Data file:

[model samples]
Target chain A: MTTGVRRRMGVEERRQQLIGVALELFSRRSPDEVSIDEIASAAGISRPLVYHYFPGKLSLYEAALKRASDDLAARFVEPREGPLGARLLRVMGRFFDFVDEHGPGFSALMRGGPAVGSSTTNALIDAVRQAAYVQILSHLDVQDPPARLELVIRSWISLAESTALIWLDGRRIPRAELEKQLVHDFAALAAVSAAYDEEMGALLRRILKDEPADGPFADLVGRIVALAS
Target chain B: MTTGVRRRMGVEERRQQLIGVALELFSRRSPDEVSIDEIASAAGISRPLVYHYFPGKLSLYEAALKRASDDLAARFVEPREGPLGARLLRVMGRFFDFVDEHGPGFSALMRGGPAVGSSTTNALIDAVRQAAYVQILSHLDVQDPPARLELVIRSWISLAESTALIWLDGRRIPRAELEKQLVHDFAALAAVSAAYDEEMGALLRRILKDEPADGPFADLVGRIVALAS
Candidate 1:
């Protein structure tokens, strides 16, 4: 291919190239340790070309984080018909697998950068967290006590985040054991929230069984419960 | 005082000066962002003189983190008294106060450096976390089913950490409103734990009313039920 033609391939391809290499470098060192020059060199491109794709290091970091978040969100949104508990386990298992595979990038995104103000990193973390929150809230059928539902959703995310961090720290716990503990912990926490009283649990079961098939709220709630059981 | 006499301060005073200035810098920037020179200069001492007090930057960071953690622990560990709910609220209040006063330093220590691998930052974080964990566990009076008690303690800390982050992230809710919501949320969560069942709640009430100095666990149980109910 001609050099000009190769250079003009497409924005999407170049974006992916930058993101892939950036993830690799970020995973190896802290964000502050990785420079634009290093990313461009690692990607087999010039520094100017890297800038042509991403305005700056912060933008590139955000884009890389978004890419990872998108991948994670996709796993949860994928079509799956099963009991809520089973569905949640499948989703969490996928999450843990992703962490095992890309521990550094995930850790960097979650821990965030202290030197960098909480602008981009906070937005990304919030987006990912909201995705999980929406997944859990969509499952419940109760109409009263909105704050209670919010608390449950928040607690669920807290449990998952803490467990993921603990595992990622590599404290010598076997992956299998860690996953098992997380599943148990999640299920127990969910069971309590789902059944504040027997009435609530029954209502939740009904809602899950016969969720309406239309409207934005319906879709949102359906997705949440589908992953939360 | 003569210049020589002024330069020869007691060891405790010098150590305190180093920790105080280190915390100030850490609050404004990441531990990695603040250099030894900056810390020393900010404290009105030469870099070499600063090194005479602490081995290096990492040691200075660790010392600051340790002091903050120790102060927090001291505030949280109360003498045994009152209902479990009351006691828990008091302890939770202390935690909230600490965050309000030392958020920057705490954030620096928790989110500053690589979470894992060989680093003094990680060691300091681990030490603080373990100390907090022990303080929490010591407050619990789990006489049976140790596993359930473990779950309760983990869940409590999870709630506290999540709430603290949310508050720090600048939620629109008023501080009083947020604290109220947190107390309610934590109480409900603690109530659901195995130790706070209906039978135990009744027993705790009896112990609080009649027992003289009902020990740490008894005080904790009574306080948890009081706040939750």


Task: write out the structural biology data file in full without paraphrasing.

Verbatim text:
[model samples]
Target chain A: MTTGVRRRMGVEERRQQLIGVALELFSRRSPDEVSIDEIASAAGISRPLVYHYFPGKLSLYEAALKRASDDLAARFVEPREGPLGARLLRVMGRFFDFVDEHGPGFSALMRGGPAVGSSTTNALIDAVRQAAYVQILSHLDVQDPPARLELVIRSWISLAESTALIWLDGRRIPRAELEKQLVHDFAALAAVSAAYDEEMGALLRRILKDEPADGPFADLVGRIVALAS
Target chain B: MTTGVRRRMGVEERRQQLIGVALELFSRRSPDEVSIDEIASAAGISRPLVYHYFPGKLSLYEAALKRASDDLAARFVEPREGPLGARLLRVMGRFFDFVDEHGPGFSALMRGGPAVGSSTTNALIDAVRQAAYVQILSHLDVQDPPARLELVIRSWISLAESTALIWLDGRRIPRAELEKQLVHDFAALAAVSAAYDEEMGALLRRILKDEPADGPFADLVGRIVALAS
Candidate 1:
């Protein structure tokens, strides 16, 4: 291919190239340790070309984080018909697998950068967290006590985040054991929230069984419960 | 005082000066962002003189983190008294106060450096976390089913950490409103734990009313039920 033609391939391809290499470098060192020059060199491109794709290091970091978040969100949104508990386990298992595979990038995104103000990193973390929150809230059928539902959703995310961090720290716990503990912990926490009283649990079961098939709220709630059981 | 006499301060005073200035810098920037020179200069001492007090930057960071953690622990560990709910609220209040006063330093220590691998930052974080964990566990009076008690303690800390982050992230809710919501949320969560069942709640009430100095666990149980109910 001609050099000009190769250079003009497409924005999407170049974006992916930058993101892939950036993830690799970020995973190896802290964000502050990785420079634009290093990313461009690692990607087999010039520094100017890297800038042509991403305005700056912060933008590139955000884009890389978004890419990872998108991948994670996709796993949860994928079509799956099963009991809520089973569905949640499948989703969490996928999450843990992703962490095992890309521990550094995930850790960097979650821990965030202290030197960098909480602008981009906070937005990304919030987006990912909201995705999980929406997944859990969509499952419940109760109409009263909105704050209670919010608390449950928040607690669920807290449990998952803490467990993921603990595992990622590599404290010598076997992956299998860690996953098992997380599943148990999640299920127990969910069971309590789902059944504040027997009435609530029954209502939740009904809602899950016969969720309406239309409207934005319906879709949102359906997705949440589908992953939360 | 003569210049020589002024330069020869007691060891405790010098150590305190180093920790105080280190915390100030850490609050404004990441531990990695603040250099030894900056810390020393900010404290009105030469870099070499600063090194005479602490081995290096990492040691200075660790010392600051340790002091903050120790102060927090001291505030949280109360003498045994009152209902479990009351006691828990008091302890939770202390935690909230600490965050309000030392958020920057705490954030620096928790989110500053690589979470894992060989680093003094990680060691300091681990030490603080373990100390907090022990303080929490010591407050619990789990006489049976140790596993359930473990779950309760983990869940409590999870709630506290999540709430603290949310508050720090600048939620629109008023501080009083947020604290109220947190107390309610934590109480409900603690109530659901195995130790706070209906039978135990009744027993705790009896112990609080009649027992003289009902020990740490008894005080904790009574306080948890009081706040939750």